Jarno Smeets and the Human BirdwingsJarno Smeets, a Dutch engineer, has unleashed a video onto the public, sparking controversy, awe and skepticism across the globe.

The video, which showcases his ‘Human Birdwings’ project, is supposedly shot from a camera attached to Smeets’ helmet while he successfully takes off at a park in Hague. The 200-foot wings are part of Smeets’ invention, which he claims is the first to allow a human to fly in a way similar to that of a bird, with neither rotors nor jets. Instead, the contraption uses motion sensors from Nintendo Wii and an accelerometer from an HTC Wildfire S smartphone to ‘amplify’ the flapping motion of his arms, and then transfers it to small motors on the wings. This technology allows Smeets to flap wings much larger than his body would otherwise be capable of lifting.

Though the engineering of the wings is in fact plausible, many of the video’s viewers were quick to dismiss it as a fake. How did the engineer know it would take exactly 14 videos until a successful takeoff? Some have questioned the video’s legitimacy based on the physics involved, while others have analyzed the clear differences between the Human Birdwings and the natural wings and flapping motions of birds today, such as rotation and the specific angling of the wings before and during flight.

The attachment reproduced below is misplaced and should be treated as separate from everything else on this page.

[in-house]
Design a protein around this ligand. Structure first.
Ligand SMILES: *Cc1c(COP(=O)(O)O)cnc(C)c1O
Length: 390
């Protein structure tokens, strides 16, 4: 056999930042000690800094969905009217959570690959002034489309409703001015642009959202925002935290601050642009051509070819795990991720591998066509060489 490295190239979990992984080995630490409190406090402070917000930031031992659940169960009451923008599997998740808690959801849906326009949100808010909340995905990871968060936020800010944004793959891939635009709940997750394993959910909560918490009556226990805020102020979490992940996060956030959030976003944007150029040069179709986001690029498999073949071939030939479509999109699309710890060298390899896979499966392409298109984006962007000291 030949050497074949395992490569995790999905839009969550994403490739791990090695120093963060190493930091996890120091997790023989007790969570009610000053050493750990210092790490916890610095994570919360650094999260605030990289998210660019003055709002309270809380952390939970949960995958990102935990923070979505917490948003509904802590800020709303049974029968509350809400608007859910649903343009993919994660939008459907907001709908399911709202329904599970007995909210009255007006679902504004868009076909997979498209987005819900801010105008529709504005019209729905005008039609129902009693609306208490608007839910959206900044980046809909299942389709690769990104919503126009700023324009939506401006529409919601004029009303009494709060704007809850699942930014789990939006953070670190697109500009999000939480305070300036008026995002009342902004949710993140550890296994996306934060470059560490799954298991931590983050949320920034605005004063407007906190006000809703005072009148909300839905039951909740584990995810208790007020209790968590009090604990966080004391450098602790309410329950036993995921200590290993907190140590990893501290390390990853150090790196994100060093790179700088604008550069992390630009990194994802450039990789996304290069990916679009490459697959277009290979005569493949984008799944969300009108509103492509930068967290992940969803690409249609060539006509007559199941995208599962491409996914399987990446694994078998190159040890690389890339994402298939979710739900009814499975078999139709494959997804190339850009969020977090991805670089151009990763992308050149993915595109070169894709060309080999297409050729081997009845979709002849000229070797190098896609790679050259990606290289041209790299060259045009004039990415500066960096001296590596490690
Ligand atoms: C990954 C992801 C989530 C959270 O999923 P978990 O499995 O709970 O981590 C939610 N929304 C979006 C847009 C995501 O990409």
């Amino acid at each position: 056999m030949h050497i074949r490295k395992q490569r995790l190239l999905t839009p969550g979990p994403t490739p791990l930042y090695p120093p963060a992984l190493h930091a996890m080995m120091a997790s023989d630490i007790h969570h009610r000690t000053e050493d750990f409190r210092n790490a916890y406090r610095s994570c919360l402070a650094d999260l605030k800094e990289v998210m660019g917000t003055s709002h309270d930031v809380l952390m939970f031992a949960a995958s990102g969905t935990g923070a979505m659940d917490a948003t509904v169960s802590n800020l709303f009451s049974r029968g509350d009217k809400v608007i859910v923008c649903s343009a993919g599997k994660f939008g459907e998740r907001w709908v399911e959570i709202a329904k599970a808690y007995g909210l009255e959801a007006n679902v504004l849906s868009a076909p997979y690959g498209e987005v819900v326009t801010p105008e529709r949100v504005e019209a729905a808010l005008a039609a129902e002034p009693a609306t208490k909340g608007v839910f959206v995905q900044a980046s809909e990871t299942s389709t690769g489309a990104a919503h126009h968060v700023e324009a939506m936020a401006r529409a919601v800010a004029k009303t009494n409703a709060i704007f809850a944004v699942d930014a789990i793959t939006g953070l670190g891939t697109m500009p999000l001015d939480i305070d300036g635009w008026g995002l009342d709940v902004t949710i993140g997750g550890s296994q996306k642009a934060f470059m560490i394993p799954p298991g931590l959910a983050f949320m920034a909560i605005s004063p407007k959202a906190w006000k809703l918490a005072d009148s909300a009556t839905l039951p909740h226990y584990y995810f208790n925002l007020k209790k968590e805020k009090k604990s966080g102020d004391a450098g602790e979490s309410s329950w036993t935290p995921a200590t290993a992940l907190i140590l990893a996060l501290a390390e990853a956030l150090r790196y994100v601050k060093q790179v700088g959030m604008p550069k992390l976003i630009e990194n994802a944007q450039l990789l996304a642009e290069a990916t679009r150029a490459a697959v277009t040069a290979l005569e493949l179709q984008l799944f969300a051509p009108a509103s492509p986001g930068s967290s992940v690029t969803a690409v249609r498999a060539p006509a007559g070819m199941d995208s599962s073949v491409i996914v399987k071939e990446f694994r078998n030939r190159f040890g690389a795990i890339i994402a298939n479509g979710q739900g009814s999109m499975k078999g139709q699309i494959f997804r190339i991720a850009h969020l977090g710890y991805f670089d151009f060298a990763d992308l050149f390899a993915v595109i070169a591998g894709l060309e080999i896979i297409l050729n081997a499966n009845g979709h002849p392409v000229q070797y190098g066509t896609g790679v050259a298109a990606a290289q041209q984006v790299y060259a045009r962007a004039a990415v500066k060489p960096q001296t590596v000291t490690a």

One interesting observation discussed the placement of Smeets’ legs. In general, the legs of a bird are thin, small and remarkably lightweight. Human legs are monstrous in comparison, and so would inevitably dangle beneath the torso, perpendicular to the floating body. However, the video clearly shows the legs rising to line up with the body at 38 seconds. The strength needed to hold the legs in this position without breaking the spine, especially when the body is suspended from the upper back, is incredible and therefore highly unlikely here. However, further scrutiny implies there might be a small sail placed between the feet which buoys the legs during flight.

An interesting analysis of the camera motion in the video provides another important perspective on the invention’s authenticity. Though the detailed study does not prove it is legitimate or a hoax, it does prove that the camera work is genuine and not a compilation of a number of processed clips.

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